Mannose-specific lectins derived from filamentous fungi, including Ascomycota and Basidiomycota, have a higher affinity for high-mannose glycans and complex glycans, respectively. Similarly, lectins from red algae and green algae recognize high-mannose glycans with high affinity. All these lectins are expected to recognize and interact with spike proteins of all human beta-coronaviruses.
Studies investigating direct interaction between mannose-specific lectins and coronavirus spike glycans have revealed antiviral efficacy of GNA-related lectins such as Cymbidium sp. lectin, Hippeastrum hybrid lectin, and Galanthus nivalis lectin against SARS-CoV. Specifically, two target proteins for Hippeastrum hybrid lectin have been identified, which are probably involved in virus-host cell attachment and release of mature virions from infected cells.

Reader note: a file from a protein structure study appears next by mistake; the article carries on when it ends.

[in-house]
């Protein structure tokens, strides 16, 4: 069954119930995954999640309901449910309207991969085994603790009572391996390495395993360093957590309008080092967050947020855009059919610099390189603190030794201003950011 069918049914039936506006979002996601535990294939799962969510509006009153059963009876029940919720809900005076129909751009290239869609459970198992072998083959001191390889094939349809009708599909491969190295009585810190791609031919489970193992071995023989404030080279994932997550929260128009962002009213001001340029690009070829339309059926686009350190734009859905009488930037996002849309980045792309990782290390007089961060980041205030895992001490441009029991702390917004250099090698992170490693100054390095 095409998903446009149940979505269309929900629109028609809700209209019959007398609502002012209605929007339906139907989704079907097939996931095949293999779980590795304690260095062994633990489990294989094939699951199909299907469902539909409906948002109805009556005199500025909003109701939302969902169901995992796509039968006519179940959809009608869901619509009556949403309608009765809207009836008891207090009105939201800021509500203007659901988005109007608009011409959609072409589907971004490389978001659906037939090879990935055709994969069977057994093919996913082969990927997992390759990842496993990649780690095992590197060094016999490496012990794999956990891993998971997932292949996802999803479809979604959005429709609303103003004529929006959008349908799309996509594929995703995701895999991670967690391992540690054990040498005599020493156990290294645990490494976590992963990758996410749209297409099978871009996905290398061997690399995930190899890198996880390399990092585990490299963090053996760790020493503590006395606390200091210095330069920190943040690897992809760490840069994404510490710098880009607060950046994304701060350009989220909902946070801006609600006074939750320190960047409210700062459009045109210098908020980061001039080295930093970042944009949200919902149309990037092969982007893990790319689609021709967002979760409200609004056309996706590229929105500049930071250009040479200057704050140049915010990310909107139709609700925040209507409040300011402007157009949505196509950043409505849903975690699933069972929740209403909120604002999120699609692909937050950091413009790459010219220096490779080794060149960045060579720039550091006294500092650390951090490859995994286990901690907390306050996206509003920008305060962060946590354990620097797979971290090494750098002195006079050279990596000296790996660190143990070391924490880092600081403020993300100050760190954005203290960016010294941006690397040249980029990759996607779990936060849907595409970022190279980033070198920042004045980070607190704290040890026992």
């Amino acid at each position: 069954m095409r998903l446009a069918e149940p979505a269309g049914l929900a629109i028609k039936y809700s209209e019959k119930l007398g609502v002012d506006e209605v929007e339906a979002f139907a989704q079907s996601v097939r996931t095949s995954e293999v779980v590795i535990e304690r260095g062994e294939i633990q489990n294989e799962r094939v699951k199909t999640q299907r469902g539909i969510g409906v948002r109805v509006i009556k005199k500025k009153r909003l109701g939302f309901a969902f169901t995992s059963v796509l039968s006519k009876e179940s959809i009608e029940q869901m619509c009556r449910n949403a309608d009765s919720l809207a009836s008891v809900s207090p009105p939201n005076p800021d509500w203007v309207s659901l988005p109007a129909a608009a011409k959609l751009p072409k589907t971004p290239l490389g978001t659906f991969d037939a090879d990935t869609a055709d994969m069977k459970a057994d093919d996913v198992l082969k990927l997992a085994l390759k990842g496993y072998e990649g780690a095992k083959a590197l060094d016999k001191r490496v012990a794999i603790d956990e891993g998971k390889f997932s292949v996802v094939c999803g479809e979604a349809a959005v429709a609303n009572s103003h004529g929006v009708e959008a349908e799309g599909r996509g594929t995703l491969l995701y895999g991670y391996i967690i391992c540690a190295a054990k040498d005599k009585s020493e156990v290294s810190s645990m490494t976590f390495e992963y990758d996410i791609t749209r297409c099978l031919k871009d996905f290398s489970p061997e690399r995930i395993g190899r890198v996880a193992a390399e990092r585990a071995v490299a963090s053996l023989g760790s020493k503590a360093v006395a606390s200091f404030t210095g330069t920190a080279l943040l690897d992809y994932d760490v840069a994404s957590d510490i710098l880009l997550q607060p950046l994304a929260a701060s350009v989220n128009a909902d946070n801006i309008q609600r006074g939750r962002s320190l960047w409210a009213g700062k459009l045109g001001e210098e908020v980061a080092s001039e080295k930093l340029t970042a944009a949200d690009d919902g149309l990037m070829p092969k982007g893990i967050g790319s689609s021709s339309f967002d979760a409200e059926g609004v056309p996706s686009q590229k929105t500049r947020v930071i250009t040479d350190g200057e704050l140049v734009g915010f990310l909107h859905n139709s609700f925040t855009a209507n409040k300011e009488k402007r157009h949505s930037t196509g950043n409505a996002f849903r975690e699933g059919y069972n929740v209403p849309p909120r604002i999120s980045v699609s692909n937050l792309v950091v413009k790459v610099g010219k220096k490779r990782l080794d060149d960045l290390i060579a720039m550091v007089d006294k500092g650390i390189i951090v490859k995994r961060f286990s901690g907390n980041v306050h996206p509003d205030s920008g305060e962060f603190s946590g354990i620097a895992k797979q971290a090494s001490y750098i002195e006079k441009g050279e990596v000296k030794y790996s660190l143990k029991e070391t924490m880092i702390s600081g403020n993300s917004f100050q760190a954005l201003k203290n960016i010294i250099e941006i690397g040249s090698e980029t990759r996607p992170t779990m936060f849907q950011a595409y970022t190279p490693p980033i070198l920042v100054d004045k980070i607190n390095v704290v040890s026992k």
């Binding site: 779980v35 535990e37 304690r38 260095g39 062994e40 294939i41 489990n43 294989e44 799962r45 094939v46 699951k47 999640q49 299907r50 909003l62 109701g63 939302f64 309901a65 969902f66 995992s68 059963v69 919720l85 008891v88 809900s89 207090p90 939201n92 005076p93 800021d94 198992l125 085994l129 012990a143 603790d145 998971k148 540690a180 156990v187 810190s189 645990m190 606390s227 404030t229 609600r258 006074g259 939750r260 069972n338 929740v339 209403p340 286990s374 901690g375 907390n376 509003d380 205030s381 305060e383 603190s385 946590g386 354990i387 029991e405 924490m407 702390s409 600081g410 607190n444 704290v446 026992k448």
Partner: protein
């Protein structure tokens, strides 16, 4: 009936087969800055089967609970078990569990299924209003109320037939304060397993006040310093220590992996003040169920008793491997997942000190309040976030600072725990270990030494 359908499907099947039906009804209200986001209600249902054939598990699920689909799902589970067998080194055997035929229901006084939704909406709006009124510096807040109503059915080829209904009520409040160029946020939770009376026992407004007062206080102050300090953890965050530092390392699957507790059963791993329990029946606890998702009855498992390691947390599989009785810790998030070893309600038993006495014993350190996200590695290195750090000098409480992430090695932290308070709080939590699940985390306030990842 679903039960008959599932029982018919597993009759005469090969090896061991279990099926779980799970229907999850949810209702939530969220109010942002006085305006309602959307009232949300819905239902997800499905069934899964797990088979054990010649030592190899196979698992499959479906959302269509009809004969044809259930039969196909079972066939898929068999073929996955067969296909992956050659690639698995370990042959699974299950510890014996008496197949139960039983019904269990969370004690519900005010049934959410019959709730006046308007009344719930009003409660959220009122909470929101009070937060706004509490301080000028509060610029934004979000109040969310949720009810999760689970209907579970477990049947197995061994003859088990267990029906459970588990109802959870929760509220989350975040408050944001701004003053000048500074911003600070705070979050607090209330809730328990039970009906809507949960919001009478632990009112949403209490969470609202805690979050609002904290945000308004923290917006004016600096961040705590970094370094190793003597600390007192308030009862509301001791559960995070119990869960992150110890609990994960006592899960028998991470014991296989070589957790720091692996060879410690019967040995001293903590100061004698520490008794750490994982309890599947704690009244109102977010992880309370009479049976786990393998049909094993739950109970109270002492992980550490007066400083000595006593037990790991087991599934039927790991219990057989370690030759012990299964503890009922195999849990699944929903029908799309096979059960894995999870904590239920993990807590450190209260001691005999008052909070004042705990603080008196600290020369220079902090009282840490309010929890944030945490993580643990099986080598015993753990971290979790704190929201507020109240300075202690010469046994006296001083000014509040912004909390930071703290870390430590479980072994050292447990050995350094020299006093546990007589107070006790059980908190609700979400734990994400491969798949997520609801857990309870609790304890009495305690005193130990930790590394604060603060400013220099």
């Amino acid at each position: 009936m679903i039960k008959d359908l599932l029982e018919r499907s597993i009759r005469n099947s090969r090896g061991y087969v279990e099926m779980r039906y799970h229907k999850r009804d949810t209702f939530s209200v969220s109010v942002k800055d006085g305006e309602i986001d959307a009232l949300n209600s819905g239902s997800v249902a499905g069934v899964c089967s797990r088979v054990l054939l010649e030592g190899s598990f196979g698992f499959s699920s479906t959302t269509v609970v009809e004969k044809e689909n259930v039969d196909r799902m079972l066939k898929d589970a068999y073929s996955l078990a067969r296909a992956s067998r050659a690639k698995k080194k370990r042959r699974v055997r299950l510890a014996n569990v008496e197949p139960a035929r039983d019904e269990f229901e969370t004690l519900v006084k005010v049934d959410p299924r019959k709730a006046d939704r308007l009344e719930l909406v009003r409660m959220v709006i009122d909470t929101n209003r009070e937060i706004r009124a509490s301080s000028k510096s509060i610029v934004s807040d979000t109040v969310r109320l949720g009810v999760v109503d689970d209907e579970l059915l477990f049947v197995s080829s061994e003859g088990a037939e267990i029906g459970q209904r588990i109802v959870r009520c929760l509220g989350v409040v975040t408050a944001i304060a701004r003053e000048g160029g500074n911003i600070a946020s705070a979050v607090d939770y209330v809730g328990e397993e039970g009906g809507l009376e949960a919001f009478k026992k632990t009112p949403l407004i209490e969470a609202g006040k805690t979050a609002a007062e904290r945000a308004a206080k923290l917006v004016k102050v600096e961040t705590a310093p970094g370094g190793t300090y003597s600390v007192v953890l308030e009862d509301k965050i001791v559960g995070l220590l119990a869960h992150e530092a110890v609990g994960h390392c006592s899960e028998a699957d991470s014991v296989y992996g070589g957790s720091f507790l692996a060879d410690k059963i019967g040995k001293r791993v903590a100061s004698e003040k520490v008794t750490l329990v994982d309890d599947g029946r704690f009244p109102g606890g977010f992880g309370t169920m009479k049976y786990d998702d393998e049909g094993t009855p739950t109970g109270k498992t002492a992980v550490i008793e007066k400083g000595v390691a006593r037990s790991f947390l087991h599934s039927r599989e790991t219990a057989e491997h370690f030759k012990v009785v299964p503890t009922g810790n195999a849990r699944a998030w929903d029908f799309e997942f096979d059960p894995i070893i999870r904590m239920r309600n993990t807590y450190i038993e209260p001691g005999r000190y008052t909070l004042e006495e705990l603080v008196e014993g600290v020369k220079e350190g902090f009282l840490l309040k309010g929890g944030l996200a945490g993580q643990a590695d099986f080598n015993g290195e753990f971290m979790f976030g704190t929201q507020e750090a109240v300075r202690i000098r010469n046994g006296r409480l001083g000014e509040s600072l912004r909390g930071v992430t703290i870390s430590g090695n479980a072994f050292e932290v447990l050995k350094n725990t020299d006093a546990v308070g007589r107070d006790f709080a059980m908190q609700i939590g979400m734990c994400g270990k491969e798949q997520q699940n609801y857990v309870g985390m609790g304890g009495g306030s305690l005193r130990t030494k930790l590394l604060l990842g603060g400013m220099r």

Recently, legume-derived mannose-specific lectin FRIL has been found to interfere with SARS-CoV-2 host cell entry by specifically binding spike complex glycans. This lectin has a higher affinity for flucosylated complex type N-glycans. Taken together, these observations highlight the importance of differential distribution patterns of N-glycans on the spike surface that are differentially accessible to and targeted by mannose-specific lectins of diverse origins.